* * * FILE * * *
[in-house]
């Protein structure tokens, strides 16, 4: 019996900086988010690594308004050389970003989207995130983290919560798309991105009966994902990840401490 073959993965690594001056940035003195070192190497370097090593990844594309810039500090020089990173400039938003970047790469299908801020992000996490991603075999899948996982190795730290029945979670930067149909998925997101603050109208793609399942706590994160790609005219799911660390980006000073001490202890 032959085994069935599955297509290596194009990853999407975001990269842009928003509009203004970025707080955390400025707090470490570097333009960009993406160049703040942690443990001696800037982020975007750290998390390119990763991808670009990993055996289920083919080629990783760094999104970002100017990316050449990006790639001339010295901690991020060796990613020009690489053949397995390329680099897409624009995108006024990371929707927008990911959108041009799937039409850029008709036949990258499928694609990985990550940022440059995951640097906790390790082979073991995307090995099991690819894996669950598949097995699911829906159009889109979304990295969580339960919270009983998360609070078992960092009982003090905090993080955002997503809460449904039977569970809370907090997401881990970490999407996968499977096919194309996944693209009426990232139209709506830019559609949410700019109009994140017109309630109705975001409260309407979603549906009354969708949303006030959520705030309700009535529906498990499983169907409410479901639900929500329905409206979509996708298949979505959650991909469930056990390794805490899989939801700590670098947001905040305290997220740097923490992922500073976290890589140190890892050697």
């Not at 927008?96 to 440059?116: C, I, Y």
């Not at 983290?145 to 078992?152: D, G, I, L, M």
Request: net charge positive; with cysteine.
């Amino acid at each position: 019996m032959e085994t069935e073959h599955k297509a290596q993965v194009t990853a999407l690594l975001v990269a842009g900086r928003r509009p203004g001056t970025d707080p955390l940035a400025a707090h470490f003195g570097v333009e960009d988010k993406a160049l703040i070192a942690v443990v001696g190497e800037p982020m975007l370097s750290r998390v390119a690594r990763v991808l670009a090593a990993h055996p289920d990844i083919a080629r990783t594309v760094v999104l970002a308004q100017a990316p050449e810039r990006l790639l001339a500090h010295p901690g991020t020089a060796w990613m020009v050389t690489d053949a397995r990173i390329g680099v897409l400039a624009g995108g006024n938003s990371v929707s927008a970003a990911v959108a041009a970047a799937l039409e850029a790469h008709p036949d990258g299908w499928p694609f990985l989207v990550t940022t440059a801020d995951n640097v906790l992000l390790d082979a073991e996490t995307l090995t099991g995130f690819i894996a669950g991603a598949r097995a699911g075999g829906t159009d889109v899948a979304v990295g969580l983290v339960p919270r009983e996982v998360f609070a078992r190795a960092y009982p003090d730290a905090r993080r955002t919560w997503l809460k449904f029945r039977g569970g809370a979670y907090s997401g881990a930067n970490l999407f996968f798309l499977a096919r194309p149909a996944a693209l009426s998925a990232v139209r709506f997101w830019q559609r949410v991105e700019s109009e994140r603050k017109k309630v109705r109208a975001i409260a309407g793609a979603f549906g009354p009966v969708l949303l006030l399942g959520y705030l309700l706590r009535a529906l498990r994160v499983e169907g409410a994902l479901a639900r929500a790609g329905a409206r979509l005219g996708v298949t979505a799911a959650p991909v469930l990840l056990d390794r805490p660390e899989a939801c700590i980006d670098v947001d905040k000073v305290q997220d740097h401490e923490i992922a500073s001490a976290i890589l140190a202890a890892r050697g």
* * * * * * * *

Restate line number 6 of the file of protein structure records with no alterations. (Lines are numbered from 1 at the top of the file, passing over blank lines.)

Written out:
């Amino acid at each position: 019996m032959e085994t069935e073959h599955k297509a290596q993965v194009t990853a999407l690594l975001v990269a842009g900086r928003r509009p203004g001056t970025d707080p955390l940035a400025a707090h470490f003195g570097v333009e960009d988010k993406a160049l703040i070192a942690v443990v001696g190497e800037p982020m975007l370097s750290r998390v390119a690594r990763v991808l670009a090593a990993h055996p289920d990844i083919a080629r990783t594309v760094v999104l970002a308004q100017a990316p050449e810039r990006l790639l001339a500090h010295p901690g991020t020089a060796w990613m020009v050389t690489d053949a397995r990173i390329g680099v897409l400039a624009g995108g006024n938003s990371v929707s927008a970003a990911v959108a041009a970047a799937l039409e850029a790469h008709p036949d990258g299908w499928p694609f990985l989207v990550t940022t440059a801020d995951n640097v906790l992000l390790d082979a073991e996490t995307l090995t099991g995130f690819i894996a669950g991603a598949r097995a699911g075999g829906t159009d889109v899948a979304v990295g969580l983290v339960p919270r009983e996982v998360f609070a078992r190795a960092y009982p003090d730290a905090r993080r955002t919560w997503l809460k449904f029945r039977g569970g809370a979670y907090s997401g881990a930067n970490l999407f996968f798309l499977a096919r194309p149909a996944a693209l009426s998925a990232v139209r709506f997101w830019q559609r949410v991105e700019s109009e994140r603050k017109k309630v109705r109208a975001i409260a309407g793609a979603f549906g009354p009966v969708l949303l006030l399942g959520y705030l309700l706590r009535a529906l498990r994160v499983e169907g409410a994902l479901a639900r929500a790609g329905a409206r979509l005219g996708v298949t979505a799911a959650p991909v469930l990840l056990d390794r805490p660390e899989a939801c700590i980006d670098v947001d905040k000073v305290q997220d740097h401490e923490i992922a500073s001490a976290i890589l140190a202890a890892r050697g």